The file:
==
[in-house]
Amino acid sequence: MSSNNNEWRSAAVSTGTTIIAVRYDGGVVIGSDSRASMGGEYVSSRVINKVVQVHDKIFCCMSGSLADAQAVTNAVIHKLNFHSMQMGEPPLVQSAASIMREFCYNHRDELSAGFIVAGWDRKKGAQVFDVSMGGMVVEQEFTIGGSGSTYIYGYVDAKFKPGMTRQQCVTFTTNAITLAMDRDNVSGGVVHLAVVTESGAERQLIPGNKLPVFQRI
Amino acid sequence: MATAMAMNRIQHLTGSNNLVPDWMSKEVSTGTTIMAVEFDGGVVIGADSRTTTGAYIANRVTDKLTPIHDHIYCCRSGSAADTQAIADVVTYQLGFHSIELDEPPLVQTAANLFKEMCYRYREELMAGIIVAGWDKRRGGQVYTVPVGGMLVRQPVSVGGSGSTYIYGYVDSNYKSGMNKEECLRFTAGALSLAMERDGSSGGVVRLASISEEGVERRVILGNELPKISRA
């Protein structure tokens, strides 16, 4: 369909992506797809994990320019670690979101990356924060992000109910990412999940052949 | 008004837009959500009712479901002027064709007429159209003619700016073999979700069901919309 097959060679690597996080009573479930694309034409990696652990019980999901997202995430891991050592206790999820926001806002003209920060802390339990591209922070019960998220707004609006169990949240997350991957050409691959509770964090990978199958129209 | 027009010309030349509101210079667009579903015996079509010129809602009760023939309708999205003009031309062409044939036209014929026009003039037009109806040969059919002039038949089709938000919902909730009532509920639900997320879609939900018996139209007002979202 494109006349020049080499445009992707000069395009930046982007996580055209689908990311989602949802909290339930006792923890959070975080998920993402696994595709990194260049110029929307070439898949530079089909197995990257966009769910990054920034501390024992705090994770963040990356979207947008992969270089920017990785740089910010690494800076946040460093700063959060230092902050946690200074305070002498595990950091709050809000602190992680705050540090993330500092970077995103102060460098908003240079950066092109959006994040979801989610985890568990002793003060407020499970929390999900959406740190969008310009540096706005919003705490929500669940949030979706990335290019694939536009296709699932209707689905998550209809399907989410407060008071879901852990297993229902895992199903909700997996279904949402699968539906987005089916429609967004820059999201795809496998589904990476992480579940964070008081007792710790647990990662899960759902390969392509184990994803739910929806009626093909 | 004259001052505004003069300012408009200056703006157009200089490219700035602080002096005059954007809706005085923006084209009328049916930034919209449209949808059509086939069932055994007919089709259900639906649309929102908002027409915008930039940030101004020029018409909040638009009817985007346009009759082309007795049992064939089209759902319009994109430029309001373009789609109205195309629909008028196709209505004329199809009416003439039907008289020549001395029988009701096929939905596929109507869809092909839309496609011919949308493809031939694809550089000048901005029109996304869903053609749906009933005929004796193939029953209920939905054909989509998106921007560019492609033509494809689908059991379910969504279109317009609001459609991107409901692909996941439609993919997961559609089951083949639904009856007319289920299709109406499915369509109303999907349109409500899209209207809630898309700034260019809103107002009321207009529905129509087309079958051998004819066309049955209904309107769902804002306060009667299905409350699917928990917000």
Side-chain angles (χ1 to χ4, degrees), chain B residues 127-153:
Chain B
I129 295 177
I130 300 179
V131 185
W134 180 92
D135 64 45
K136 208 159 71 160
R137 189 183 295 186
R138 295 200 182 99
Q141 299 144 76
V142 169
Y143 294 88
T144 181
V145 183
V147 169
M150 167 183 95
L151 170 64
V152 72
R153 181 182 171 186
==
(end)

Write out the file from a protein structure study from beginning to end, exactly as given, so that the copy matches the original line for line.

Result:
[in-house]
Amino acid sequence: MSSNNNEWRSAAVSTGTTIIAVRYDGGVVIGSDSRASMGGEYVSSRVINKVVQVHDKIFCCMSGSLADAQAVTNAVIHKLNFHSMQMGEPPLVQSAASIMREFCYNHRDELSAGFIVAGWDRKKGAQVFDVSMGGMVVEQEFTIGGSGSTYIYGYVDAKFKPGMTRQQCVTFTTNAITLAMDRDNVSGGVVHLAVVTESGAERQLIPGNKLPVFQRI
Amino acid sequence: MATAMAMNRIQHLTGSNNLVPDWMSKEVSTGTTIMAVEFDGGVVIGADSRTTTGAYIANRVTDKLTPIHDHIYCCRSGSAADTQAIADVVTYQLGFHSIELDEPPLVQTAANLFKEMCYRYREELMAGIIVAGWDKRRGGQVYTVPVGGMLVRQPVSVGGSGSTYIYGYVDSNYKSGMNKEECLRFTAGALSLAMERDGSSGGVVRLASISEEGVERRVILGNELPKISRA
């Protein structure tokens, strides 16, 4: 369909992506797809994990320019670690979101990356924060992000109910990412999940052949 | 008004837009959500009712479901002027064709007429159209003619700016073999979700069901919309 097959060679690597996080009573479930694309034409990696652990019980999901997202995430891991050592206790999820926001806002003209920060802390339990591209922070019960998220707004609006169990949240997350991957050409691959509770964090990978199958129209 | 027009010309030349509101210079667009579903015996079509010129809602009760023939309708999205003009031309062409044939036209014929026009003039037009109806040969059919002039038949089709938000919902909730009532509920639900997320879609939900018996139209007002979202 494109006349020049080499445009992707000069395009930046982007996580055209689908990311989602949802909290339930006792923890959070975080998920993402696994595709990194260049110029929307070439898949530079089909197995990257966009769910990054920034501390024992705090994770963040990356979207947008992969270089920017990785740089910010690494800076946040460093700063959060230092902050946690200074305070002498595990950091709050809000602190992680705050540090993330500092970077995103102060460098908003240079950066092109959006994040979801989610985890568990002793003060407020499970929390999900959406740190969008310009540096706005919003705490929500669940949030979706990335290019694939536009296709699932209707689905998550209809399907989410407060008071879901852990297993229902895992199903909700997996279904949402699968539906987005089916429609967004820059999201795809496998589904990476992480579940964070008081007792710790647990990662899960759902390969392509184990994803739910929806009626093909 | 004259001052505004003069300012408009200056703006157009200089490219700035602080002096005059954007809706005085923006084209009328049916930034919209449209949808059509086939069932055994007919089709259900639906649309929102908002027409915008930039940030101004020029018409909040638009009817985007346009009759082309007795049992064939089209759902319009994109430029309001373009789609109205195309629909008028196709209505004329199809009416003439039907008289020549001395029988009701096929939905596929109507869809092909839309496609011919949308493809031939694809550089000048901005029109996304869903053609749906009933005929004796193939029953209920939905054909989509998106921007560019492609033509494809689908059991379910969504279109317009609001459609991107409901692909996941439609993919997961559609089951083949639904009856007319289920299709109406499915369509109303999907349109409500899209209207809630898309700034260019809103107002009321207009529905129509087309079958051998004819066309049955209904309107769902804002306060009667299905409350699917928990917000």
Side-chain angles (χ1 to χ4, degrees), chain B residues 127-153:
Chain B
I129 295 177
I130 300 179
V131 185
W134 180 92
D135 64 45
K136 208 159 71 160
R137 189 183 295 186
R138 295 200 182 99
Q141 299 144 76
V142 169
Y143 294 88
T144 181
V145 183
V147 169
M150 167 183 95
L151 170 64
V152 72
R153 181 182 171 186